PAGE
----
Saturday, November 3, 2012

Ha Long is a piece of string?

That depends on the scrupulousness of the travel agent you book your tour of Vietnam's tactically voted Wonder of the World with, and how stubborn you are to fight through their deliberately ambiguous sales pitch and outright lies about 'VIP' boats and 'superior' bungalows before they admit that everyone just gets handed the same length of tatty old string frayed at the edges and with a couple of frustrating knots that they've tried loosening with scissors, but that just made it look worse.

If you enter the tour company's office prepared to deal with their bullshit, and don't get indignant when the tour guides advise you that you shouldn't leave any valuables in your boat cabin because the crew routinely breaks into rooms to look for anything salvageable, you'll probably have a great time in Ha Long Bay. Once you've accepted that you're going to be scammed, the satisfaction lies in minimising the collateral damage.

Ha Long Bay - Day One

Davey Warburton's locker

These days, I'm normally too independent, stingy and antisocial (probably in that order) to book package tours rather than getting around on my own schedule and not being forced to endure bundled activities I have no interest in (floating markets in Thailand, butterfly farms in Malaysia), but the consensus was that doing Ha Long Bay DIY would be more expensive and a lot more annoying than signing up to one of the easy peasy lemon polka dot bikini tours offered by every Hanoi hotel and travel agent purloining the name and branding of more successful travel agents because this is Vietnam and they can do that.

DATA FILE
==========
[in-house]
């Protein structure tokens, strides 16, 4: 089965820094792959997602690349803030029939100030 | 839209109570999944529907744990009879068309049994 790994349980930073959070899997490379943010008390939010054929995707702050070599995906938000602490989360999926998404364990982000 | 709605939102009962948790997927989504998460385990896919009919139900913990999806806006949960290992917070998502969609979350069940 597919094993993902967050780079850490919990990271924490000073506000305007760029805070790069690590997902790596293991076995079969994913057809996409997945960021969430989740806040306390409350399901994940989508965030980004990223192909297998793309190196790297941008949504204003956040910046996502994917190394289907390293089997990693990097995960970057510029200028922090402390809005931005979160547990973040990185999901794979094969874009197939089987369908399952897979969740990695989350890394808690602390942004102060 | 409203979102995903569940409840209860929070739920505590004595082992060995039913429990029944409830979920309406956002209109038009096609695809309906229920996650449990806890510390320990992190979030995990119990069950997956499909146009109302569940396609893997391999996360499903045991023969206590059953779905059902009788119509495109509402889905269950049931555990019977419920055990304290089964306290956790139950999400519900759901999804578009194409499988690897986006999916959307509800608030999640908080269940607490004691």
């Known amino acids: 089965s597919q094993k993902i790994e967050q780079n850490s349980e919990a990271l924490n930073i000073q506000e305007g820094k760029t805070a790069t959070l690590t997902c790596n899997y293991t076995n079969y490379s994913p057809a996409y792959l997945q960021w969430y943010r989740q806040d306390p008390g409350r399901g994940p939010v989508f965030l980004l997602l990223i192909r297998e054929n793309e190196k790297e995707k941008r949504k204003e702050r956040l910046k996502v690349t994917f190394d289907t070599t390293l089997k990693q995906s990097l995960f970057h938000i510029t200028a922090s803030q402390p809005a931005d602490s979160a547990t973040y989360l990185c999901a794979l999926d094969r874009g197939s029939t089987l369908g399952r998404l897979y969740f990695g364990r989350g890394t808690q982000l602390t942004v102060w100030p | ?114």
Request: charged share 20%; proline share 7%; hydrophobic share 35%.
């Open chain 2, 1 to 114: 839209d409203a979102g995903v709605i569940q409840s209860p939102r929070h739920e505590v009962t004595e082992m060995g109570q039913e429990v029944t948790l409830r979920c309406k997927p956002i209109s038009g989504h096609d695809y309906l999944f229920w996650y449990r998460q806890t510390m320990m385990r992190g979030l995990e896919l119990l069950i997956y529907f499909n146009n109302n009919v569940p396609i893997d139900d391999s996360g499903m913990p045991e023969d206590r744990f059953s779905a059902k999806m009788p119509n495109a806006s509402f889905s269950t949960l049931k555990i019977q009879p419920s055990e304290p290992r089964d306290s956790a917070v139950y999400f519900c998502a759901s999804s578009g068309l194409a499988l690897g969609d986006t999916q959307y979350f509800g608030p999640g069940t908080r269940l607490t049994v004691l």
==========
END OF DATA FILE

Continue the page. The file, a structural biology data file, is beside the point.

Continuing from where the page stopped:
There are a few different tours to choose from, and I chose the one towards the budget end of the spectrum. If you're aged between 18 and 28 and you visited Ha Long Bay in the last few years on a backpacking tour of South East Asia, this is probably the one you took too. It wasn't as bad as some of the overly cynical reviews suggested, and even met my slightly-more-demanding-than-last-year standards - great scenery, good food, optional activities and mixed company that could be opted out of by heading back to my ace floating room. It was almost like a proper cruise, except I'm not middle-aged enough for that yet.

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